Medicaid and SCHIP Reimbursement Models for Language Services

Medicaid and SCHIP Reimbursement Models for Language Services

Executive Summary

In 2000, the Centers for Medicare & Medicaid Services (CMS) reminded states that they could include language services as an administrative or optional covered service in their Medicaid and State Children’s Health Insurance Programs, and thus directly reimburse providers for the costs of these services for program enrollees. Yet only a handful of states are directly reimbursing providers for language services. Currently, the District of Columbia and 13 states (Hawaii, Iowa, Idaho, Kansas, Maine, Minnesota, Montana, New Hampshire, Utah, Vermont, Virginia, Washington, and Wyoming) are providing reimbursement. Three states have initiated discussions about reimbursement. Connecticut enacted legislation requiring reimbursement but they have not yet been implemented. North Carolina expects to provide reimbursement after establishing interpreter credentialing. And a California Task Force established by the Department of Health Services issued recommendations for initiating reimbursement.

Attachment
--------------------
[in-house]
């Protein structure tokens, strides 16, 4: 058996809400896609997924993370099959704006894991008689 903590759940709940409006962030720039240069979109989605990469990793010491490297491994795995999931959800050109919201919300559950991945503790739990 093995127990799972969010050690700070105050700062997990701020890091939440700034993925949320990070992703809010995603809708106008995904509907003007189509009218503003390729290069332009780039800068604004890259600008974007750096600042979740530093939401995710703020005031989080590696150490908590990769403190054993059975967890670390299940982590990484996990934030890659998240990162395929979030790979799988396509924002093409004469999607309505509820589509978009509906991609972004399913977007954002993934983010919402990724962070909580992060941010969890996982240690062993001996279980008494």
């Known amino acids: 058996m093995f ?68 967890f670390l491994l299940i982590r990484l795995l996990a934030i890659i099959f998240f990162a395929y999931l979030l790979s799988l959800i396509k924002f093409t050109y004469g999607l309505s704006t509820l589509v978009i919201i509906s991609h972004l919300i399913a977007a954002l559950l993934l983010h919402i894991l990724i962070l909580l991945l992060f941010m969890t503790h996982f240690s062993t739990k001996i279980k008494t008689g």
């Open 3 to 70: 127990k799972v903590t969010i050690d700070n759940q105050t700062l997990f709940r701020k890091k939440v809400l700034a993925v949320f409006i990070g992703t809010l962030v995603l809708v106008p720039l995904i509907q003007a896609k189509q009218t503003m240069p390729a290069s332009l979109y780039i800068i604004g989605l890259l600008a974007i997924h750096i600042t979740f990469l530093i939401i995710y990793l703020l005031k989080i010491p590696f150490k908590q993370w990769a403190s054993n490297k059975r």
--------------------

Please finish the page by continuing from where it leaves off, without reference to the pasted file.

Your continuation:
*NHeLP recognizes that the term “mental retardation” is offensive, outdated, and harms the disability community. NHeLP generally uses the term “intellectual disability.”  However, this document uses the term “mental retardation” only to accurately conform to the now-outdated version of federal or state law in effect at the time the document was created. Because we have determined that the document provides valuable information not otherwise available, we continue to provide access to it through our website.

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